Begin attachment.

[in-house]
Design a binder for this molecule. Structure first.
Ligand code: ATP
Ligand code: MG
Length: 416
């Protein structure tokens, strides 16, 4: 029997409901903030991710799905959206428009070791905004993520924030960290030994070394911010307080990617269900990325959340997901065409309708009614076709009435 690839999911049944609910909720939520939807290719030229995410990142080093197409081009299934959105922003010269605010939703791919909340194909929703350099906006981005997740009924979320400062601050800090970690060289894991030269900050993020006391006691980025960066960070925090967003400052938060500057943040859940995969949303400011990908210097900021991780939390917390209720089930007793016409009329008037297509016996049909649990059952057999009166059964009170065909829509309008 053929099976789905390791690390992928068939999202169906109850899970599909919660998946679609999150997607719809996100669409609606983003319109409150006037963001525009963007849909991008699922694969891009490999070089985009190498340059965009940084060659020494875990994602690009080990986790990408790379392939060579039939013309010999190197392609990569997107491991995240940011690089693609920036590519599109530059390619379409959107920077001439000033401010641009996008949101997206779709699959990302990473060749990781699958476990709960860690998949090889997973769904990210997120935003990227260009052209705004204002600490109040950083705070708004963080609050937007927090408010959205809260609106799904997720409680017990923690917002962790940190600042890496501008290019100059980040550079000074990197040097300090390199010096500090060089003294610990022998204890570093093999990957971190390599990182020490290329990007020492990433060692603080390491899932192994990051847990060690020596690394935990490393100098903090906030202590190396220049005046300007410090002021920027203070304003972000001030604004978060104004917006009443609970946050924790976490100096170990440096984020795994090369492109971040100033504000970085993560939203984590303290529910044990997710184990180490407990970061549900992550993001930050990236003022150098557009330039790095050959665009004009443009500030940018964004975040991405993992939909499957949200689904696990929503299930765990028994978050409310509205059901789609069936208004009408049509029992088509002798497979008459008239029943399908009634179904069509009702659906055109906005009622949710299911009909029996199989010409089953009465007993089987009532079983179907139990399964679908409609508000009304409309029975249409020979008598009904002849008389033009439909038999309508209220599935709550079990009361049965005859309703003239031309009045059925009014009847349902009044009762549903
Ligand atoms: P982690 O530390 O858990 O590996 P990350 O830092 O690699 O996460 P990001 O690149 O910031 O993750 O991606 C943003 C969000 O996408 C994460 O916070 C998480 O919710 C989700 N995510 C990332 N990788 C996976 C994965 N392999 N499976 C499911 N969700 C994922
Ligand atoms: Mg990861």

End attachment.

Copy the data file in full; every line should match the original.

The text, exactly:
[in-house]
Design a binder for this molecule. Structure first.
Ligand code: ATP
Ligand code: MG
Length: 416
């Protein structure tokens, strides 16, 4: 029997409901903030991710799905959206428009070791905004993520924030960290030994070394911010307080990617269900990325959340997901065409309708009614076709009435 690839999911049944609910909720939520939807290719030229995410990142080093197409081009299934959105922003010269605010939703791919909340194909929703350099906006981005997740009924979320400062601050800090970690060289894991030269900050993020006391006691980025960066960070925090967003400052938060500057943040859940995969949303400011990908210097900021991780939390917390209720089930007793016409009329008037297509016996049909649990059952057999009166059964009170065909829509309008 053929099976789905390791690390992928068939999202169906109850899970599909919660998946679609999150997607719809996100669409609606983003319109409150006037963001525009963007849909991008699922694969891009490999070089985009190498340059965009940084060659020494875990994602690009080990986790990408790379392939060579039939013309010999190197392609990569997107491991995240940011690089693609920036590519599109530059390619379409959107920077001439000033401010641009996008949101997206779709699959990302990473060749990781699958476990709960860690998949090889997973769904990210997120935003990227260009052209705004204002600490109040950083705070708004963080609050937007927090408010959205809260609106799904997720409680017990923690917002962790940190600042890496501008290019100059980040550079000074990197040097300090390199010096500090060089003294610990022998204890570093093999990957971190390599990182020490290329990007020492990433060692603080390491899932192994990051847990060690020596690394935990490393100098903090906030202590190396220049005046300007410090002021920027203070304003972000001030604004978060104004917006009443609970946050924790976490100096170990440096984020795994090369492109971040100033504000970085993560939203984590303290529910044990997710184990180490407990970061549900992550993001930050990236003022150098557009330039790095050959665009004009443009500030940018964004975040991405993992939909499957949200689904696990929503299930765990028994978050409310509205059901789609069936208004009408049509029992088509002798497979008459008239029943399908009634179904069509009702659906055109906005009622949710299911009909029996199989010409089953009465007993089987009532079983179907139990399964679908409609508000009304409309029975249409020979008598009904002849008389033009439909038999309508209220599935709550079990009361049965005859309703003239031309009045059925009014009847349902009044009762549903
Ligand atoms: P982690 O530390 O858990 O590996 P990350 O830092 O690699 O996460 P990001 O690149 O910031 O993750 O991606 C943003 C969000 O996408 C994460 O916070 C998480 O919710 C989700 N995510 C990332 N990788 C996976 C994965 N392999 N499976 C499911 N969700 C994922
Ligand atoms: Mg990861």